The movement, known as “Father School,” was founded by a pastor at a Bible college in Seoul, South Korea in 1995, but has since been in the forefront of reaching immigrant and non-immigrant fathers to become more active in their families, often teaching the biblical model of servanthood to bring about this change in parenting styles.
Allen J. Kim, a doctoral candidate at the University of California at Irvine, studied the movement in South Korea and the U.S. and finds that it seeks to create the image of a caring and compassionate “new father” through conversion techniques at “warp speed”-at five six-hour meetings on Saturdays.
Kim, presented a paper on Father School at the mid-August meeting of the Association for the Sociology of Religion in New York, which Religioscope attended. He said that Korean-American immigrant families have shown higher rates of physical and emotional abuse by fathers than other immigrant groups. Korean-American teens suffer more depressive symptoms than other adolescents from immigrant families, and the men themselves show high incidence of drinking bouts and suicide. Kim said that Korean fatherhood has been shaped by generations of “conservative patriarchal ideology in the Confucian tradition. Within Confucianism, the father is viewed as the breadwinner, leader and disciplinarian, in contrast to the mother, who is labeled as caregiver, housewife, and emotional provider.”
The fathers often join Father School at the urging of their wives and children, and the events are frequently endorsed and publicized by churches, which function as key social centers in Korean communities. Although Father School offers secular versions of its program, the movement’s Christian orientation is evident in its various concepts and rituals.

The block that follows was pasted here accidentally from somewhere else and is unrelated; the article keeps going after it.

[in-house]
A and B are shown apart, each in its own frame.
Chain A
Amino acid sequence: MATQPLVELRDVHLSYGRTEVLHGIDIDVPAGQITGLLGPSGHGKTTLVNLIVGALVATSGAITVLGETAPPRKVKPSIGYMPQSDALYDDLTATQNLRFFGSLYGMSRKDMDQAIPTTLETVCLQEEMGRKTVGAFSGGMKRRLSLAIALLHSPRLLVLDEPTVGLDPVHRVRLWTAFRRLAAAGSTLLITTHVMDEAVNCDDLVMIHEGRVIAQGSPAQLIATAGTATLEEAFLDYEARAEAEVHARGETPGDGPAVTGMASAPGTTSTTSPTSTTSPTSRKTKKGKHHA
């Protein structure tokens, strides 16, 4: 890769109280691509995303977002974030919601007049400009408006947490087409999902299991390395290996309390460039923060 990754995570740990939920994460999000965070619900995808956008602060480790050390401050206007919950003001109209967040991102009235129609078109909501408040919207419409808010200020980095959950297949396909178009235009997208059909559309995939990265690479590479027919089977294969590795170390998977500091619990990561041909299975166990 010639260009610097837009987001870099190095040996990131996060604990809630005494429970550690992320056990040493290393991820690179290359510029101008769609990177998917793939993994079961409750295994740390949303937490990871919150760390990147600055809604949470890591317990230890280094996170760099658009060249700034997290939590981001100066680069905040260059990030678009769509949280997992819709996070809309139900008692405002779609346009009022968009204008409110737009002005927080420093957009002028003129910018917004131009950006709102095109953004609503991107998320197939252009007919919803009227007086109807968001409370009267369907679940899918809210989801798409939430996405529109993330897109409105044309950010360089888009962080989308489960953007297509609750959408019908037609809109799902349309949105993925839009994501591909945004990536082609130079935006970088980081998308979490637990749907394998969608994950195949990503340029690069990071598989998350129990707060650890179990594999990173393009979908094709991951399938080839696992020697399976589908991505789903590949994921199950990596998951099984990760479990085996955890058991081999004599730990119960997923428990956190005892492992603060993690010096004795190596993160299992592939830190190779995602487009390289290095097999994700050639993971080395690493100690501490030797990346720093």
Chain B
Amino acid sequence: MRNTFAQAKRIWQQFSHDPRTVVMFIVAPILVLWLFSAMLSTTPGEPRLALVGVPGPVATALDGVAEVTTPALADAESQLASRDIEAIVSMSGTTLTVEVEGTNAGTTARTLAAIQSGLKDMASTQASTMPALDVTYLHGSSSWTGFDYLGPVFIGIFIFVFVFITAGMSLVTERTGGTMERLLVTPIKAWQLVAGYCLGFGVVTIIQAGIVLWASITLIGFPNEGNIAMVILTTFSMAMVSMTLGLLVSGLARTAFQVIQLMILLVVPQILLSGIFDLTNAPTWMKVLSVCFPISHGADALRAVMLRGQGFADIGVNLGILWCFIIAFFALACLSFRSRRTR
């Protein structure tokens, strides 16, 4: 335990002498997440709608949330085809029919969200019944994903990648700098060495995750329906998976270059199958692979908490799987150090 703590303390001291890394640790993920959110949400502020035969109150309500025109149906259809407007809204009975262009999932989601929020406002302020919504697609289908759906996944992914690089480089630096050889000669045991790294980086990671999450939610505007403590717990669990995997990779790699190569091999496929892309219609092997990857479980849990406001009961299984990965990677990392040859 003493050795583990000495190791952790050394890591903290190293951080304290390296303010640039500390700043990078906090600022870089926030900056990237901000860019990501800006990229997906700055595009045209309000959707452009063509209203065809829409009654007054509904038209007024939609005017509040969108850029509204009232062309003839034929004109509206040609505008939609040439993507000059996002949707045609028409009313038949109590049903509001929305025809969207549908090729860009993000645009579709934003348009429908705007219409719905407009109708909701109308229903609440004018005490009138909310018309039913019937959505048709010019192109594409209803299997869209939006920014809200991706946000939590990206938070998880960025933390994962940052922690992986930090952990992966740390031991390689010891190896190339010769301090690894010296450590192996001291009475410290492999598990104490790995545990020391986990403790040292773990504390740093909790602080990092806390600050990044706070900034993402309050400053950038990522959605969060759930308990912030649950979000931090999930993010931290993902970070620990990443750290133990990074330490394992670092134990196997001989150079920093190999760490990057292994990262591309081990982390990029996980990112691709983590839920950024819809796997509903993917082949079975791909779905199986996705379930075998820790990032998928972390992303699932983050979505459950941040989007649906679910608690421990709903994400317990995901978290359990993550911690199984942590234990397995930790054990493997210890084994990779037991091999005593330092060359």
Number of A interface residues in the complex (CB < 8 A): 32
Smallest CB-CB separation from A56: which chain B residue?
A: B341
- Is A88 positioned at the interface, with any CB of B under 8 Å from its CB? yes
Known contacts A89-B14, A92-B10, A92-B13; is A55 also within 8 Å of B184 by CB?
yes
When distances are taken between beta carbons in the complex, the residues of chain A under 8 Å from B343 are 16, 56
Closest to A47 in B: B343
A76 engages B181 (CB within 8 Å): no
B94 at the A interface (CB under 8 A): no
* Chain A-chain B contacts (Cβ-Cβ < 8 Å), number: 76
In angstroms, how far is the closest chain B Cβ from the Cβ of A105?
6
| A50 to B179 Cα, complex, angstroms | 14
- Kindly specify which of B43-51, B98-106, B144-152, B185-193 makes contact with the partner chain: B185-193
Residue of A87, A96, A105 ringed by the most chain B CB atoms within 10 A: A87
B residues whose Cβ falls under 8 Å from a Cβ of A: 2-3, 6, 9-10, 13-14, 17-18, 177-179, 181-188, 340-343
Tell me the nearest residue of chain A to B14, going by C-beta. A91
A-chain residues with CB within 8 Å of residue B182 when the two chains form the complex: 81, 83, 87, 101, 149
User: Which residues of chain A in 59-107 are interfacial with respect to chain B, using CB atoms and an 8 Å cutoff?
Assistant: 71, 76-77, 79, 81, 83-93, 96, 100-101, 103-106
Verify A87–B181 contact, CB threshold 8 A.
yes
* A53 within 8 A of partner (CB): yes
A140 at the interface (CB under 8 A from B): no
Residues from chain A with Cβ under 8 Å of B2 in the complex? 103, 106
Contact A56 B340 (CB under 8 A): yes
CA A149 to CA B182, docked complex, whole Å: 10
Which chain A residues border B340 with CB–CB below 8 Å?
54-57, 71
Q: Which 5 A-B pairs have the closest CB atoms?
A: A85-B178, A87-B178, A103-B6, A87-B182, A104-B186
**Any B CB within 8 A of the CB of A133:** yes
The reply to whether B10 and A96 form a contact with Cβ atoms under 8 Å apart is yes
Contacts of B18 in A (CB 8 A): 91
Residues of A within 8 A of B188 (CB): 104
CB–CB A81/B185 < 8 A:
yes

Participants in Father School are encouraged to substitute Confucian speech patterns, particularly those expressing hierarchical and status-based family and social roles, for Western and egalitarian language, as they are urged to call each other “brother.” They also engage in hugging exercises in the seminars, first with other participants and then with family members. Men are often asked to shout in unison, “Lord, I am a father,” and speakers extol the servant example of Jesus who “…loved, cried, and sought to forgive” to urge similar expressive behaviors.
Kim added that participants in Father School are urged to write confessional letters to their fathers-whether they are dead or alive-and to their wives and children where they ask for forgiveness from family members for transgressions while seeking healing from the emotional wounds they may have suffered during their own upbringings.
As the Father School concludes, the rituals become more explicitly religious. The Father School stresses the role of the father as a nurturing spiritual head with the exercise known as the “blessing of the family.” Men are instructed to place their hands upon family members as they pronounce God’s blessing on them. On the last day of the seminar, men are called follow the example of Jesus and wash the feet of their wives while making a vow of spiritual and sexual purity-an emotional event for both wife and husband that deeply challenges Confucian ideals of authority and hierarchy.
Kim added that the Father School is spreading beyond the Korean community, especially among Hispanics. He notes that more than 3,500 Father School programs have graduated 250,000 mainly non-Western men around the world. Although there has been no research to ascertain, the effectiveness o the seminars in family life, just the act of fathers writing letters and seeking reconciliation with family members is valued by children and wives.